What: Neural mechanisms of explicit attention to auditory working memory.
Where: BCBL Auditorium
Who: Sung-Joo Lim, Max Planck Institute for Human Cognitive and Brain Sciences, Germany & Department of Psychology, University of Lübeck, Germany.
When: 11 AM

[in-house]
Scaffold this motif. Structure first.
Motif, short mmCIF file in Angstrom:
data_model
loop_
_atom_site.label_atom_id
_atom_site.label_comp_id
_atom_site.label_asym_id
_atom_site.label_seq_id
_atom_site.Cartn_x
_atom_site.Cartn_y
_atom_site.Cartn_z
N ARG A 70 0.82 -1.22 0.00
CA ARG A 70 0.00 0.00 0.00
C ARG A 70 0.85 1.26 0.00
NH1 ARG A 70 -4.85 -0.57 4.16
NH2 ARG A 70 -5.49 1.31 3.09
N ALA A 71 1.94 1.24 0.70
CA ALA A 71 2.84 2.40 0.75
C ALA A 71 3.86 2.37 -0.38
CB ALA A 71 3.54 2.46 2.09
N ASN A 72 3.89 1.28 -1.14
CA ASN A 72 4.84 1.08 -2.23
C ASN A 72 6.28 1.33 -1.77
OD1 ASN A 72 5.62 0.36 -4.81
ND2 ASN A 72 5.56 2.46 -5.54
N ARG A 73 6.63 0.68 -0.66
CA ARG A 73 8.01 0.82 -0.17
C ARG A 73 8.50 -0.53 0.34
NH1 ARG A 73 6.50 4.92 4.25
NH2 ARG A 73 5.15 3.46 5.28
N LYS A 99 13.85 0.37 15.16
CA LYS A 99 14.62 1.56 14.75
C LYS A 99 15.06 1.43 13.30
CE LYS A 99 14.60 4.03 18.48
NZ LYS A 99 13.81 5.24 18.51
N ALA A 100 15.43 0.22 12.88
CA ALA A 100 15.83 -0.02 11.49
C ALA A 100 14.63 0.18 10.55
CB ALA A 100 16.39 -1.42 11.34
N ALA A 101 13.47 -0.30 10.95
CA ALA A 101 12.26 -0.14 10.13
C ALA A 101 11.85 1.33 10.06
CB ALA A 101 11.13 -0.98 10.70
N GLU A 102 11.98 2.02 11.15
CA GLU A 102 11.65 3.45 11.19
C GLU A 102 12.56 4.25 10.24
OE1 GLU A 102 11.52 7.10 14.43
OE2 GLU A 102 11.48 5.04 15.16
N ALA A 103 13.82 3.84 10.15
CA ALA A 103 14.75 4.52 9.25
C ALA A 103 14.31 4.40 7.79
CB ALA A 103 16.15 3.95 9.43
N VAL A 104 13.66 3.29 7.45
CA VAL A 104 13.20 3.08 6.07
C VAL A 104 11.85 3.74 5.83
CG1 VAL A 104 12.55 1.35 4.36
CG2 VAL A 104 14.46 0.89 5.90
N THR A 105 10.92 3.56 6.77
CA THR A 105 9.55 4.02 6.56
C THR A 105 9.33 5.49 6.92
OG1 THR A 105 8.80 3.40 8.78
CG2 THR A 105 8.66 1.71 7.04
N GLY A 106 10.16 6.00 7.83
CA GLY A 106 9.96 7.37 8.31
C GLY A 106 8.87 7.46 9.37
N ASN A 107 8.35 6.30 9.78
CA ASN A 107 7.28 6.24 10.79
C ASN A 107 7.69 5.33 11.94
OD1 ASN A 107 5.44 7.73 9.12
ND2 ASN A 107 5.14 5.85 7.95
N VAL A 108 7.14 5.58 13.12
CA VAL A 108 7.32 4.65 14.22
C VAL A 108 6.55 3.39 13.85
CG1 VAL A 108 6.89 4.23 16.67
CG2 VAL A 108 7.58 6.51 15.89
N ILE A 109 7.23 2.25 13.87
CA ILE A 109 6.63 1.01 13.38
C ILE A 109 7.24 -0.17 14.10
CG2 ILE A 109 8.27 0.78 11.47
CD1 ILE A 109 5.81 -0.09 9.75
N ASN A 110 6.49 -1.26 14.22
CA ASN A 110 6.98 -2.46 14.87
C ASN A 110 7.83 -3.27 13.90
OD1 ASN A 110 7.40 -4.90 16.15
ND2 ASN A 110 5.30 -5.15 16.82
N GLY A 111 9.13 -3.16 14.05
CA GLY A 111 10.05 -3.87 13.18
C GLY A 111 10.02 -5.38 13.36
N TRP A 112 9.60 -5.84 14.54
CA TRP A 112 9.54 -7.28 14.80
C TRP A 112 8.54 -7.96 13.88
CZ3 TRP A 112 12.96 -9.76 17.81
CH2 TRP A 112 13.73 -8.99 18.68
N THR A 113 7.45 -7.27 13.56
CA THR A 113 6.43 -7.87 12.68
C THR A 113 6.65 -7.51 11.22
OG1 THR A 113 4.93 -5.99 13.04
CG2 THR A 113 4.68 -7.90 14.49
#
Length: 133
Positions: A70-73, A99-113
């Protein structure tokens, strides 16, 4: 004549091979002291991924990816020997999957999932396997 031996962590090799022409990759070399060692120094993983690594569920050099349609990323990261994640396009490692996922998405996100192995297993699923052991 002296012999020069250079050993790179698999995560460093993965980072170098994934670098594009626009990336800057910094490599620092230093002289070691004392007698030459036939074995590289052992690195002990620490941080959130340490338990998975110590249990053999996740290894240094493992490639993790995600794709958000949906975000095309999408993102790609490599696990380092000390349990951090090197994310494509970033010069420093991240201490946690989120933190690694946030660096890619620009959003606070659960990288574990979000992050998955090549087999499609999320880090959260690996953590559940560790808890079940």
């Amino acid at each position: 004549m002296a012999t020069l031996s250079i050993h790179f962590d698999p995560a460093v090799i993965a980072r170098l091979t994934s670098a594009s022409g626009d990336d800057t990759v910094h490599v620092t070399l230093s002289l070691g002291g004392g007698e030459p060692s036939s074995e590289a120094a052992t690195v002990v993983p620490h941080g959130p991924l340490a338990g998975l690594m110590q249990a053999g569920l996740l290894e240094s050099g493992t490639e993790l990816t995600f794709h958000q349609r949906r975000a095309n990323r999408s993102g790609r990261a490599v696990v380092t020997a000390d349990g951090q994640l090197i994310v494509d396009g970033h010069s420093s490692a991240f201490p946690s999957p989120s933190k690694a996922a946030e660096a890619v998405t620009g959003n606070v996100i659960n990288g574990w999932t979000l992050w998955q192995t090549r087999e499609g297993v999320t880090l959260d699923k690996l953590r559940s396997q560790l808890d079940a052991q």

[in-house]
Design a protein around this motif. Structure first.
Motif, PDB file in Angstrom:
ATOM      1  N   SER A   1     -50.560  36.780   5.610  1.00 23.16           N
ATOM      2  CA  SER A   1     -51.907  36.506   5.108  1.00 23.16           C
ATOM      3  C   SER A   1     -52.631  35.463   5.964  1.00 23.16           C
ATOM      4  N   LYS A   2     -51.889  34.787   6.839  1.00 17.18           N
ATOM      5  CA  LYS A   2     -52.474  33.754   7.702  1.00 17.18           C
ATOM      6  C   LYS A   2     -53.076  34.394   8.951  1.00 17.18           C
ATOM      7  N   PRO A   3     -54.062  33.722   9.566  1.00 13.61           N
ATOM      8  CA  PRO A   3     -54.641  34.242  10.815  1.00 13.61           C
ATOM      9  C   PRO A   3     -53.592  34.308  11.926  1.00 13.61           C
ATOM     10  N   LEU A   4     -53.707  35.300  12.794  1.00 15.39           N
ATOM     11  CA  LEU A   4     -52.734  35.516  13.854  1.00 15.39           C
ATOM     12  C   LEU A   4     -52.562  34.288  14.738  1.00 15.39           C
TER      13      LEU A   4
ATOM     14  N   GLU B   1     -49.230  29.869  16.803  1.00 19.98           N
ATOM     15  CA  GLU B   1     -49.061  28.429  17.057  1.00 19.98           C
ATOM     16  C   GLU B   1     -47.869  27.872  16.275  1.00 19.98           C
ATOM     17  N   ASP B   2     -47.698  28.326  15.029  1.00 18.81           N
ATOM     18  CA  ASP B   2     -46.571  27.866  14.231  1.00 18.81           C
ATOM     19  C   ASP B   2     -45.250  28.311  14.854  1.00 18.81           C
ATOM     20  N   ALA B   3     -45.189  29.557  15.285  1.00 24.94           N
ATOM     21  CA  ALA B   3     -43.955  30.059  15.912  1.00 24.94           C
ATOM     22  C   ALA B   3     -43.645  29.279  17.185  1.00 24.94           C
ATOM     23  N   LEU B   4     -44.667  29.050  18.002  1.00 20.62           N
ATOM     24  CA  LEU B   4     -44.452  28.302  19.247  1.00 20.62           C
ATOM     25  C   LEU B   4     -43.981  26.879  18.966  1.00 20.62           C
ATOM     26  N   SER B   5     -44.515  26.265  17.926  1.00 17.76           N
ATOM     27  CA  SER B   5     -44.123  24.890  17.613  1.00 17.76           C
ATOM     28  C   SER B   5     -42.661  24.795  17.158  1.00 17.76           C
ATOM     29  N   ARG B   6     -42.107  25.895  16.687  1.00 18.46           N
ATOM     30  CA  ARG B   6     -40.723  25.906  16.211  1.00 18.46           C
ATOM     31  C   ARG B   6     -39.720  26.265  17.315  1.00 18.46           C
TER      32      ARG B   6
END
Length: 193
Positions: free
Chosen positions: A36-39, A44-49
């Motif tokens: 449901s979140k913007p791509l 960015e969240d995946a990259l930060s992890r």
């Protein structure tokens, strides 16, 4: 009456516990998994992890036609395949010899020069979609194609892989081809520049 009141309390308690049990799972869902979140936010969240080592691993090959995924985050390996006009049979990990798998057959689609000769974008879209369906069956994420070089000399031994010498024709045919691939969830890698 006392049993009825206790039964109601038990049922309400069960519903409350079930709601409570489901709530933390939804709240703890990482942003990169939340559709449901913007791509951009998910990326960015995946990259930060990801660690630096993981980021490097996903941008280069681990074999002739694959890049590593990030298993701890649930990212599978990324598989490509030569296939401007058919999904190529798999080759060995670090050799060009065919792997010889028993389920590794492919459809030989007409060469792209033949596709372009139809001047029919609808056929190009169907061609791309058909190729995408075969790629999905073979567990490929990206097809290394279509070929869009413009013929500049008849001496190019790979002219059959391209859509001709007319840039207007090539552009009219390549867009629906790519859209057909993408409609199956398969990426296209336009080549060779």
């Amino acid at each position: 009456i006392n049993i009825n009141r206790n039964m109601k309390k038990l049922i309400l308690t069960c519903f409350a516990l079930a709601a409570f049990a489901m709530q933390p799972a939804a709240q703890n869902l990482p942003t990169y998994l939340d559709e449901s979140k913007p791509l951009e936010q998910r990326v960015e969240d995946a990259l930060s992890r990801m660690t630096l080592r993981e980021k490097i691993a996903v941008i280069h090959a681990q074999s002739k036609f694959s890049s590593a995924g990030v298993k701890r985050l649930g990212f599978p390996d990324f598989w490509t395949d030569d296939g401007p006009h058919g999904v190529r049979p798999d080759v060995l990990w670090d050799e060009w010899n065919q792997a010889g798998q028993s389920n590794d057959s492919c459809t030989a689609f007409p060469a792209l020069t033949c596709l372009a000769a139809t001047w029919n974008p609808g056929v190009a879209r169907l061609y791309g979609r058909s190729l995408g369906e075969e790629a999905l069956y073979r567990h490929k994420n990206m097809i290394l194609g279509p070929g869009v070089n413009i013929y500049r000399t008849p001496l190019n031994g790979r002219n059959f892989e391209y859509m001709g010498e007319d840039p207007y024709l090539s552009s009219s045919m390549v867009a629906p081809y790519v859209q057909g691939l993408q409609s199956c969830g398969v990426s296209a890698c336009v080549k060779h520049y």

Parsing acoustic signals that are inherently transient and variable is perceptually challenging task. Thus, selectively attending to task-relevant acoustic signals to form stable “auditory objects”, and maintaining these objects in memory is crucial. Selective attention is known to facilitate perceptual encoding of a task-relevant stimulus into working memory. However, little is known about the potentially beneficial role of selective attention directed towards objects maintained in working memory, especially in the auditory modality: whether the orientation of attention to objects in memory improves representational quality and whether attention-related neural correlates play specific roles in top-down modulations of objects held in memory. Here, I report investigations of the behavioral and neural dynamics of retrospective selective attention to auditory working memory objects, using psychophysical modeling and model-based analysis of electroencephalographic (EEG) signals. I will then discuss the mechanism by which top-down attention to auditory working memory facilitates performance, as well as the functional roles of neural modulations, especially evoked potential responses and neural oscillations in alpha frequency band (~ 10 Hz) associated with attentional benefits. Finally, I will outline how this new work could be bridged with some of my past work using a video game to create more naturalistic, incidental paradigms for modulating auditory perception.